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Subject:Re: TW on the development team From:Gary Merrill <merrill -at- HYPERION -dot- PDIAL -dot- INTERPATH -dot- NET> Date:Fri, 5 Jan 1996 01:46:52 GMT
> Robert Plamondon <robert -at- plamondon -dot- com> writes:
> You can go right to your vice president and ask, "How will working
> for a software engineer help my career? He doesn't understand what
> I do at all, and has nothing to teach me about writing. It doesn't
> seem right to put my performance review into the hands of someone
> who doesn't even understand what I do for a living, and I don't
> want my career to stagnate, when the other writers are being mentored
> by the Technical Writing Demigod over there."
But this assumes that the person managing the project is also the
person managine the people. Frequently, however, this is not the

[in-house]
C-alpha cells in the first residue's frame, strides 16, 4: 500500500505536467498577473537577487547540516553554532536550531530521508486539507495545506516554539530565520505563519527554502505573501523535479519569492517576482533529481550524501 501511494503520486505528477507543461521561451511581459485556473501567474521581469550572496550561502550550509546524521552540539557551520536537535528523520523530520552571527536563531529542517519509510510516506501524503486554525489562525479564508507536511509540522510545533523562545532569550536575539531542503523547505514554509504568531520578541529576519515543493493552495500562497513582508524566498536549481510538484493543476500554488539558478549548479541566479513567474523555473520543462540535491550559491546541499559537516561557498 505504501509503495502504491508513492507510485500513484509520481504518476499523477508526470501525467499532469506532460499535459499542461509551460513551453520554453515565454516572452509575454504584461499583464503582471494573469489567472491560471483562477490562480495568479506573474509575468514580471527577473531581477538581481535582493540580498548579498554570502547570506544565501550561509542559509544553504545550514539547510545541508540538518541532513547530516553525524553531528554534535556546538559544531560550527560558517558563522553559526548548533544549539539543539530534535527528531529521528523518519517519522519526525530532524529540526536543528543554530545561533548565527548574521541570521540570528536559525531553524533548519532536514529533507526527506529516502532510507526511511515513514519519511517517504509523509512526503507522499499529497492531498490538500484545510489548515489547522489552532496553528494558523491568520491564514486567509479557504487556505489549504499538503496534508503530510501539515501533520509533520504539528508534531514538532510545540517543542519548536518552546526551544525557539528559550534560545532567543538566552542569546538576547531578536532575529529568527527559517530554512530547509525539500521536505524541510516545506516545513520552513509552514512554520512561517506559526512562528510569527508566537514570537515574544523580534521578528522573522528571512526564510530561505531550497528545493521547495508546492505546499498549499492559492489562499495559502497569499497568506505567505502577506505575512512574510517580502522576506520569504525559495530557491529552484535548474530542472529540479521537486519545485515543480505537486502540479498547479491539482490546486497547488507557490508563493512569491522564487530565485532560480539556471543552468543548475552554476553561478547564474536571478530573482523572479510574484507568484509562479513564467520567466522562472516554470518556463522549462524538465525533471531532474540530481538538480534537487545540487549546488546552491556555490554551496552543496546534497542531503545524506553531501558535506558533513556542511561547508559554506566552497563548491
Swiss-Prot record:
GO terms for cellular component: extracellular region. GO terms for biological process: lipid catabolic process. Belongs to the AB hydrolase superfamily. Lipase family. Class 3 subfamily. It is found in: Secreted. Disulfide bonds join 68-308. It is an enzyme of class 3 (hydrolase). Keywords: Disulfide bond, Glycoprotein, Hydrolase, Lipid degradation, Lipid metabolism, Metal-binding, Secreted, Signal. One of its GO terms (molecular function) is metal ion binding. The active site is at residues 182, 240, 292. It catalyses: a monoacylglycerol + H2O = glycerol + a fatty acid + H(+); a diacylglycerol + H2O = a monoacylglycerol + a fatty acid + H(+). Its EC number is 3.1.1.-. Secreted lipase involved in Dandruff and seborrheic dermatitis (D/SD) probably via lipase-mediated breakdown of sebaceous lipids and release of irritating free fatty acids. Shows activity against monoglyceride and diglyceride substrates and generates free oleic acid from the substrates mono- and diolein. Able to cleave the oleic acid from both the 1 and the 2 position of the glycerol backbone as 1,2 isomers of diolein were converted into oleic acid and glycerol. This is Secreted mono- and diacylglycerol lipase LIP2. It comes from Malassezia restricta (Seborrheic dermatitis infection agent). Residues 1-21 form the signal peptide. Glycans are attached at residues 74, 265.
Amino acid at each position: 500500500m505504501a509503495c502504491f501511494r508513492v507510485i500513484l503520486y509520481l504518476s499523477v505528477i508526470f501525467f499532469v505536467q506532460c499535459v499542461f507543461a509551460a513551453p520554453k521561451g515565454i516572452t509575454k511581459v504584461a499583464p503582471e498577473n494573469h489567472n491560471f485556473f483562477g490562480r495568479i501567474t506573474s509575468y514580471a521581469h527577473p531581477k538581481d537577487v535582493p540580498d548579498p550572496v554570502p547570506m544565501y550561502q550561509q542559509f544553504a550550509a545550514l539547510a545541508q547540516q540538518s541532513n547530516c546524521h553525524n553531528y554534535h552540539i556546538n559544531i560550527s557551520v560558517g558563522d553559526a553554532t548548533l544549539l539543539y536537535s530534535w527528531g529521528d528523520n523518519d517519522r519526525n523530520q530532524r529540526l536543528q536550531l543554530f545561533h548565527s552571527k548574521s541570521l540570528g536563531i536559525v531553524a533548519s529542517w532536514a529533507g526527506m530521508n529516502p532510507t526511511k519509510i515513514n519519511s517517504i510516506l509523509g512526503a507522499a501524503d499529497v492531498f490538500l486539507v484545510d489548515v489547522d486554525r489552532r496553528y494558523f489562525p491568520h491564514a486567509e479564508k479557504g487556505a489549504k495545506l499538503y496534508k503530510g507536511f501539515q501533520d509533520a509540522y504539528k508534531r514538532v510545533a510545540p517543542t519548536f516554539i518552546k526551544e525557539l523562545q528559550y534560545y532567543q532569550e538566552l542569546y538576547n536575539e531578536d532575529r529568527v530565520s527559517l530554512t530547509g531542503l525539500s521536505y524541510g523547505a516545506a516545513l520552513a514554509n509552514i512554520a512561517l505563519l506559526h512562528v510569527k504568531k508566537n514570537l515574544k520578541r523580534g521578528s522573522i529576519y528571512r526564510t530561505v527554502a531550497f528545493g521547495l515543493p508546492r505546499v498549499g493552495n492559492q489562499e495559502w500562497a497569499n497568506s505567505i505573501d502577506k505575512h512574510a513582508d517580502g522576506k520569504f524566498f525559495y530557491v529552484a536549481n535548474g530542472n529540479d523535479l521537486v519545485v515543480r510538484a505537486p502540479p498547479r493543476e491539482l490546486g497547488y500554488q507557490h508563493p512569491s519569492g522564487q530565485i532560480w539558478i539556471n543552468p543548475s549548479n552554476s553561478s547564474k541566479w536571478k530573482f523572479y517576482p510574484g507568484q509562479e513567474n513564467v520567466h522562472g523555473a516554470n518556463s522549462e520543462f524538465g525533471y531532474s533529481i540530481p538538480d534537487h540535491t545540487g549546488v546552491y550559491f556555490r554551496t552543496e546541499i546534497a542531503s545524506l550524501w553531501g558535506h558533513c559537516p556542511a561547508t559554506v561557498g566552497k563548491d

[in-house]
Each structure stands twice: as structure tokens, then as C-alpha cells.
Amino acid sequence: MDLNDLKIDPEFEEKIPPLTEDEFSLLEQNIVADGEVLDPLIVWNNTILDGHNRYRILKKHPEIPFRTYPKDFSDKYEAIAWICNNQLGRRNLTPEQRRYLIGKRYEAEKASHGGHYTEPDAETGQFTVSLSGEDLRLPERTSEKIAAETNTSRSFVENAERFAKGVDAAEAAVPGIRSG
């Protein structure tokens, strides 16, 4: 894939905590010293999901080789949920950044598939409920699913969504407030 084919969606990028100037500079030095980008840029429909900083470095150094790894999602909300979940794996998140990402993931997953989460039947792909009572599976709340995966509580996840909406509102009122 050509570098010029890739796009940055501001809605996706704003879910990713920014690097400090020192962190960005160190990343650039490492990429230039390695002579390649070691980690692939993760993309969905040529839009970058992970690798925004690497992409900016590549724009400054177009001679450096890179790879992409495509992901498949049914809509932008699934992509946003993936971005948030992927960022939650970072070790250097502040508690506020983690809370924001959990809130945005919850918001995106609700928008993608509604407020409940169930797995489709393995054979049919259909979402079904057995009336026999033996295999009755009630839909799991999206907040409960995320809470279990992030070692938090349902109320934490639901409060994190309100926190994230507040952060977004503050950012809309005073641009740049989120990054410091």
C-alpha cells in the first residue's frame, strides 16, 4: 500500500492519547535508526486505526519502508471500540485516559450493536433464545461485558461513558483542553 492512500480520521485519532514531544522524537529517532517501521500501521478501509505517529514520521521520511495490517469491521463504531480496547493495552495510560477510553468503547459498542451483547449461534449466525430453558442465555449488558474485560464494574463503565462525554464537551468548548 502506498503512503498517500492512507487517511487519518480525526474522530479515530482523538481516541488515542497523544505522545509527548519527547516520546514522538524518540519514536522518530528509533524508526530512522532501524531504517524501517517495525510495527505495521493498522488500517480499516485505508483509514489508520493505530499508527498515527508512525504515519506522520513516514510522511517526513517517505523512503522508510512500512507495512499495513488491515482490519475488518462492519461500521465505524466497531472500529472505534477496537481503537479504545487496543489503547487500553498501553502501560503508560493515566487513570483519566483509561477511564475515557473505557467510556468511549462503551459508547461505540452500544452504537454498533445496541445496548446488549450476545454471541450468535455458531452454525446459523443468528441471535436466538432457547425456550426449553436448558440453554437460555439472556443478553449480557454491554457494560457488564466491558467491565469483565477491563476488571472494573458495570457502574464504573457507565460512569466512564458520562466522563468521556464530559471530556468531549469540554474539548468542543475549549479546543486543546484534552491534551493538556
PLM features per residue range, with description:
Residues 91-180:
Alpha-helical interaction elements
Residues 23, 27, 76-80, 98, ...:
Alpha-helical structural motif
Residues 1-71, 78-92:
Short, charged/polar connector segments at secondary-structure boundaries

case -- and, as you observe, for good reason. The teams with with
I am familiar are formed on a project or product basis and the members
continue to report to their usual managers.
> Also, cultivate an acquaintance with the Sales and Marketing people.
> They're customer-oriented, they care about documentation, they
> often have surprising pieces of useful information, and they
> know how to say "thank you." Well, the salesmen do. Whine to them
> over lunch if your documents are being impaired by indifferent management,
This has not been my experience, but it's a good suggestion if you
have sales and marketing people of the required sort.